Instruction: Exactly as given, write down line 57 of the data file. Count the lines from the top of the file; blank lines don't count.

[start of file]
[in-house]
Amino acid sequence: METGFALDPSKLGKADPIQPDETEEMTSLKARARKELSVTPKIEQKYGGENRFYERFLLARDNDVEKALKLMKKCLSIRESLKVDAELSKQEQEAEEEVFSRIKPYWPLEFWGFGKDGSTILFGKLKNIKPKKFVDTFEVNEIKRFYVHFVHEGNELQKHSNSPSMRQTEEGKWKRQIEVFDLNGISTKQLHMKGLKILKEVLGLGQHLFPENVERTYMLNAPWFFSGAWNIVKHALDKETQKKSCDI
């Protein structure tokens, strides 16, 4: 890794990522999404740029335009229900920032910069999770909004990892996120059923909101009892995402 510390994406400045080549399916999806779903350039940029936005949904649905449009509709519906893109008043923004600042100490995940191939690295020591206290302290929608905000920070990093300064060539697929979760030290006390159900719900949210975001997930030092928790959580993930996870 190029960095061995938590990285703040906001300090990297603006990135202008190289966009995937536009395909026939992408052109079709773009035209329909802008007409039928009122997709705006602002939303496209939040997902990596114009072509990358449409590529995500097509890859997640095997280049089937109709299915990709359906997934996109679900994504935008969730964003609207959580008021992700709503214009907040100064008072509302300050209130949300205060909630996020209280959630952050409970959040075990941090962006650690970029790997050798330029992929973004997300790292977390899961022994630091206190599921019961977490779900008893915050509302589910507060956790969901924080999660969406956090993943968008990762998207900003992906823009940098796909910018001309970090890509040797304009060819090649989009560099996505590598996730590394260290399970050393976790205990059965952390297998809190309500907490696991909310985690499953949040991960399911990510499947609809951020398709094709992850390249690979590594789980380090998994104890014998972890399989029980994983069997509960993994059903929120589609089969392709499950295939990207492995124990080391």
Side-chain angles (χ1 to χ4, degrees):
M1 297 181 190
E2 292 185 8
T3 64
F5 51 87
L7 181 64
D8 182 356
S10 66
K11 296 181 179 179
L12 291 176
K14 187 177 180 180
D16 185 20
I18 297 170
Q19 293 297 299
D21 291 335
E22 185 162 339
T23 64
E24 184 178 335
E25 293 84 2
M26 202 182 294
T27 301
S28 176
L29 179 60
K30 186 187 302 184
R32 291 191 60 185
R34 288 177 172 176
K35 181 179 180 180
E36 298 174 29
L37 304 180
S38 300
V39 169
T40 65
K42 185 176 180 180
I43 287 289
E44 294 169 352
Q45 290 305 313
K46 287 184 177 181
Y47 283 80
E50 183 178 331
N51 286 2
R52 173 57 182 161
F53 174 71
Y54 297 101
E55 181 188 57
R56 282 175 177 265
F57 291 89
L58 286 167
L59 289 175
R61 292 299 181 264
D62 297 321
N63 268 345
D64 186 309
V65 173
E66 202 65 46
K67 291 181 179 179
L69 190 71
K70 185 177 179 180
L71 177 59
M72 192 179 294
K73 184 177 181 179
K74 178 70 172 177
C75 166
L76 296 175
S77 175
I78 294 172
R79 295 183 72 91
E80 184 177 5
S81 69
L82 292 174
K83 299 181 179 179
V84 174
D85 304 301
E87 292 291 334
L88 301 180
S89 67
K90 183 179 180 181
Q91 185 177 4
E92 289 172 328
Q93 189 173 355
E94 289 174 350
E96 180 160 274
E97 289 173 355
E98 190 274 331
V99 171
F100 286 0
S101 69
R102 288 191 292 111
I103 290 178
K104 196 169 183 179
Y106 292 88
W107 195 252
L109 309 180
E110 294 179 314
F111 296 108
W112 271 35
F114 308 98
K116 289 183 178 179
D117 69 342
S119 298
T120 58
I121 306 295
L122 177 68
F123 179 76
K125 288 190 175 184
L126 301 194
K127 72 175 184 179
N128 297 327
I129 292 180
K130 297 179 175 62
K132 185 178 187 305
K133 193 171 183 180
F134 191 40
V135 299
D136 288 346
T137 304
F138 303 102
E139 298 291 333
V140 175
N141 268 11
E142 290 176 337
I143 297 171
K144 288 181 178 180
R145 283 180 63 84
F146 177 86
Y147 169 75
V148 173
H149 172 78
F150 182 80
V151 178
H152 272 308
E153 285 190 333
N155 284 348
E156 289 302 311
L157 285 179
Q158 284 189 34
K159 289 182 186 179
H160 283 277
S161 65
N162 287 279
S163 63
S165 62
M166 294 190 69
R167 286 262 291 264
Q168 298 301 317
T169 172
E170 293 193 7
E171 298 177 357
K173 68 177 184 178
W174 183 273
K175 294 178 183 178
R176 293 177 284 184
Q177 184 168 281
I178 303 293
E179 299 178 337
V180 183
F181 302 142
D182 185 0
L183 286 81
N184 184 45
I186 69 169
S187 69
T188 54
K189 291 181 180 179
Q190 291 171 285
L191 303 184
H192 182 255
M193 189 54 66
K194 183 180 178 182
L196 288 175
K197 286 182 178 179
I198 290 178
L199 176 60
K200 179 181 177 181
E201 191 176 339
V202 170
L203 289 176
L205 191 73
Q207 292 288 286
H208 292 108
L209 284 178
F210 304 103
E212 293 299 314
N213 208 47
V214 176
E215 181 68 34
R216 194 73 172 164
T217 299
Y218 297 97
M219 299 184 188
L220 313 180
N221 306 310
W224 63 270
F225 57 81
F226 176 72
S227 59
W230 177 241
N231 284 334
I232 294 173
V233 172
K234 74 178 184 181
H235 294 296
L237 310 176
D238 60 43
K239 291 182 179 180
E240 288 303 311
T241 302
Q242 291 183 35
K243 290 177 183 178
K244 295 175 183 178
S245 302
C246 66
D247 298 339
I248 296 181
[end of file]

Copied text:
E66 202 65 46